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This one as I had said before in my earlier post - collecting them from the roadside when someone had cut and threw the whole thing off. I remember it was the time when my elder son was born and my wife was still in the hospital after her labour. I got this and the variegated Dumbcane. (which grew very tall as time when by)
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Name: Cardboard Palm, Jamaican Sago Tree (Zamia Furfuracea)
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Bought it from a supermarket where is was sold for a good price. I had changed the pot and placed it here as I was running out of space in my main garden. I understand this is drought tolerant and don't need so much water.
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A stem cutting of Sedum nussbaumerianum. (the light green coloured one)
They seemed to propagate easier & faster this way compared to using leaf propagation.
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Name (top pic) : Sedum Clavatum
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I had cut and placed these very nicely in a level and presented in bowl with pebbles for Christmas. The still look lovely after this 2 years except for the leggy part.
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But prefer not to disturb it as I like the unique trailing stalks. Sort of authentic kind of look.
The plantlets are easily propagated from the leaf but very slow. Much more easier and faster results can be seen when using stem cuttings.
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Again, like all succulents, stem cutting propagation must be done after the stalk dries up (leaving them to dry from few days to weeks) if not, they will tend to rot when in contact with wet soil.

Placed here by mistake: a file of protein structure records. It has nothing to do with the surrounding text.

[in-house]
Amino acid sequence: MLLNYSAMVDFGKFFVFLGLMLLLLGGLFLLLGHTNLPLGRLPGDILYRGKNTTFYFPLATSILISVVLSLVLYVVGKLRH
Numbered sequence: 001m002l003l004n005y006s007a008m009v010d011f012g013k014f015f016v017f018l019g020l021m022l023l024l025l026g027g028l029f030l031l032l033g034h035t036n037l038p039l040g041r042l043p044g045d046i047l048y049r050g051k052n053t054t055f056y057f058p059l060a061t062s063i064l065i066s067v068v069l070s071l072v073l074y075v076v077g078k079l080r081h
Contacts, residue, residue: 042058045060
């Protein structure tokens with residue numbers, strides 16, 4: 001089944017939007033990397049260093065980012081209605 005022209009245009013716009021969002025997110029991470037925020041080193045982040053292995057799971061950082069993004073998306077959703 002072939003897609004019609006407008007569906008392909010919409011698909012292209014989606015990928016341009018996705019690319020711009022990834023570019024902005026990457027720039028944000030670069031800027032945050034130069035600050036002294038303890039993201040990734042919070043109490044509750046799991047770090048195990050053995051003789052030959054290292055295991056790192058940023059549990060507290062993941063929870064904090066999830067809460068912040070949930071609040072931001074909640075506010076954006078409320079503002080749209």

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Name: Mother of Thousand
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It look leggy here, I wonder whether its a sign that is either healthy or lack of light. Surprisingly it didn't invade any of other potted plants which this plant is very famous for (considering it as an invasive plant)
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New sprouts of Sedum Clavatum from the stem cuttings.
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Name: Cardboard Palm
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The Desert Rose don't seemed to be doing so well and I have decided to put them here. Also too much water may cause root rot and I don't want to take any chances with it.
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I'm experimenting with some plants by placing them at the roof tiles.
These Mother of Thousand seemed like outcast (out of my garden) I found that it had been so well for these past few months. The water trail is actually coming from my A/C gutter.
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I have seen plants growing on rain gutters and wanted to experiment these plant on my roof area. It would certainly look good with green cascading at my balcony side.

5 comments:

  1. James, I really love to see all these cacti from your post here. The cardboard palm is so small... very cute. Anyway, cacti are meant to be neglected... I think the more you forget to water them, the better they look he he he. I am lousy at planting cactus as I have a tendency to over water. Happy gardening!

    ReplyDelete
  2. James, your cactus garden look very neat and tidy. I's sure the best reward to you would be seeing them bloom. If you have time, do visit The Secret of 1-Utama in PJ. They are 500 species of plants there and quite a number of cacti properly labelled. Stephanie has just written a post on it. I am not good at cactus planting either as I too tend to overwater.

    Selamat Hari Merdeka!

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  3. Stephanie - yes, neglect is the word. The only thing I don't like about cactus is their thorns. But somehow, I like when they overgrow and fall over at the rims of pots. Somehow they look very lovely that way.

    Belle - Thanks, I open my balcony 1 or 2 weeks once to check on these plants and water them.
    I tend to end up not watering enough and most of the succulent dries up. I have not seen any blooms from these ever.

    Would drop by at 1-Utama one of these days - thanks for the tip.

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  4. Just came across your lovely blog . I have been sorting out my cacti and succulenti all afternoon . A big tidy up and a rethink . We have cold winters here in Cornwall England . Debs : )

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  5. Debs - thats nice. Hope to visit your garden soon.